Trichomoniasis is an infection caused by a one-celled protozoan called trichomonas. This is an extremely common cause of vaginal infections. Trichomoniasis is also known as trichomonas vaginitis, trichomonas vaginalis or sometimes trich (pronounced “trick”).
Usually confined to the vagina, this organism also can invade the urinary tract and cause cystitis (inflammation of the bladder). Trichomonas can also be severe enough to cause an abnormal Pap smear - from which the organism also can be detected - and can recur. Although trichomonas can cause small red lesions on the cervix, it does not invade the uterus or fallopian tubes, nor does it affect fertility.
Trichomonis can be transmitted through sexual intercourse. In many instances, however, a history compatible with sexual transmission cannot be documented.
Trichomoniasis causes a yellow or greenish, frothy or bubbly discharge, sometimes with a foul odor, as well as itching, soreness and inflammation of the vulva and inside the vagina. Men harbor the organism in their urinary tract and usually have no symptoms at all.
A complete medical history and physical examination, including pelvic examination, is performed. The physician will prepare a wet smear by mixing a sample of the vaginal discharge with a drop of salt solution (normal saline) and examining it under a microscope.
Trichomonas organisms can be easily identified because they swim quite rapidly with their whip-like tails. Trichomonas can also cause small, dark red spots (petechiae) on the cervix. The vaginal secretions are likely to be more alkaline than normal, and the clinician may use a strip of pH paper to check acidity. The pH is likely to exceed 5.0.
The most effective drug for treatment of trichomonas is metronidazole. The most common brand name is Flagyl. The dosage is usually a single, 2,000 mg dose; or 500 mg twice daily every day for seven days. Usually, treating the female partner in a sexually active couple is enough. However, if infection recurs, the patient’s sexual partner(s) must also be treated.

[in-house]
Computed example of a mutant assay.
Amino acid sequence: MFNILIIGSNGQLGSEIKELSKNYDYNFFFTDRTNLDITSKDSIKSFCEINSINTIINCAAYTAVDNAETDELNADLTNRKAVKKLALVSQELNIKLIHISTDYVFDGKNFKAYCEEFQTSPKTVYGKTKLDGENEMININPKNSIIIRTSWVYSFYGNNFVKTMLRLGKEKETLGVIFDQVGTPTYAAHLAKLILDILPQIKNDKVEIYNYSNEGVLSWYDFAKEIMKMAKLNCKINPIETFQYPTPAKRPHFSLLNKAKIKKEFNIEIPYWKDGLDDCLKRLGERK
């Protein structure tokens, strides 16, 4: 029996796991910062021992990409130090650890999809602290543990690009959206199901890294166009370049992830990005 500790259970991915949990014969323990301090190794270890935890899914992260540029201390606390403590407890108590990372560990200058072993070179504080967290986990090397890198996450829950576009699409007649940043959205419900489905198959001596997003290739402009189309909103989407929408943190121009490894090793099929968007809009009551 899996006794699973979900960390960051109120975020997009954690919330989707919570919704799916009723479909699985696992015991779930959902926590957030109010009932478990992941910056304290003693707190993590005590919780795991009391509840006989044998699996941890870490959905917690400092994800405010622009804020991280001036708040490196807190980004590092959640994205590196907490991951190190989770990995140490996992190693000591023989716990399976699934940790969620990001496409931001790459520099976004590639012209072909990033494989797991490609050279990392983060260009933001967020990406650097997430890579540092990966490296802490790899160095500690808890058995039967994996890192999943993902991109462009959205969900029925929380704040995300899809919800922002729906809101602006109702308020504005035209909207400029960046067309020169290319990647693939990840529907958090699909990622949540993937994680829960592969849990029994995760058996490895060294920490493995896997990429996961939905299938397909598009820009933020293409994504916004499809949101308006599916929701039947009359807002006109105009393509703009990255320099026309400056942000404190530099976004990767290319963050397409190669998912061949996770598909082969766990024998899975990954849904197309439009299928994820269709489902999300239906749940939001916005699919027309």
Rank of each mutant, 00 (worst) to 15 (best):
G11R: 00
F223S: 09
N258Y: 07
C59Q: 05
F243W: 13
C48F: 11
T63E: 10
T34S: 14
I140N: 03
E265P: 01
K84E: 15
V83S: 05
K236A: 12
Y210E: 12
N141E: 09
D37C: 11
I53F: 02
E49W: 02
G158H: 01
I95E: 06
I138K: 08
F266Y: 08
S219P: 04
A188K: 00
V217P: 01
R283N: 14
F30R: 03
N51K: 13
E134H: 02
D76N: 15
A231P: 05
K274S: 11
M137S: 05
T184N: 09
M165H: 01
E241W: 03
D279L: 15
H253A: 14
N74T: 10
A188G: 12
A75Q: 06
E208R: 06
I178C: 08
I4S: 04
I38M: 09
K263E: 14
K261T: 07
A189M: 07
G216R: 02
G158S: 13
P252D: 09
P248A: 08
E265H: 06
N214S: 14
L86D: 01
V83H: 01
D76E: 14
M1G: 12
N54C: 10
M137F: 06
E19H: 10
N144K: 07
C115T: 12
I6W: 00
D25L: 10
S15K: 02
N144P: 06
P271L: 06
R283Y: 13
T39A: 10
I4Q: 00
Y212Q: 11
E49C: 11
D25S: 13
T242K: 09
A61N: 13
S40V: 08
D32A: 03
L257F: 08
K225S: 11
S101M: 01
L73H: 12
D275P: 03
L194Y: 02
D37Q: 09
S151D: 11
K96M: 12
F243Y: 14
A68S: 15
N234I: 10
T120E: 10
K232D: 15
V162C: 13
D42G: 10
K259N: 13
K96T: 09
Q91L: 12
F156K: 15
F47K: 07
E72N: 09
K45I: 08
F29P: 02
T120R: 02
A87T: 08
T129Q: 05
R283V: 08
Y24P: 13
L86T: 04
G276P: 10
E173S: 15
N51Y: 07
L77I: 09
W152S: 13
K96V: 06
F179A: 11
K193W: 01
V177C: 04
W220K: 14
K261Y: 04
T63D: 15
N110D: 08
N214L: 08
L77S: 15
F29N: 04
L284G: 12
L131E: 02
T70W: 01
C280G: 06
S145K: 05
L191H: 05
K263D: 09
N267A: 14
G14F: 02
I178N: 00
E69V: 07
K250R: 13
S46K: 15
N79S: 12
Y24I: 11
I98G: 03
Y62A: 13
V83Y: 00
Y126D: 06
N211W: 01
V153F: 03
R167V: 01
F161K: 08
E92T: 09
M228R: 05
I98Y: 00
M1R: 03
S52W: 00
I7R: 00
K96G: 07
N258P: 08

Side effects of Flagyl may include an allergic reaction; nausea and diarrhea; dryness of the mouth; a tinny, metallic taste; a depression in the white blood cell count (leukopenia); and intolerance to alcohol. Many, but not all, people who drink alcohol within 24 hours after Flagyl therapy experience nausea, vomiting, headache and flushing.
Flagyl should never be used during the first three months of pregnancy or while breast feeding, and some authorities say never in pregnancy.
Do any tests need to be done before treating the partner?
What treatment will you recommend?
Will you be prescribing any medication? What are the side effects?
If Flagyl is prescribed, are there any signs or symptoms that should be reported immediately?
What should be expected (or the partner expect) if alcohol is consumed?
All sexually active persons should consider using latex condoms to prevent STDs and HIV infection, even if they are using another form of contraception. Latex condoms used consistently and correctly are an effective means for preventing disease (and pregnancy). Talk openly with your partner about STDs, HIV, hepatitis B infection and the use of contraception.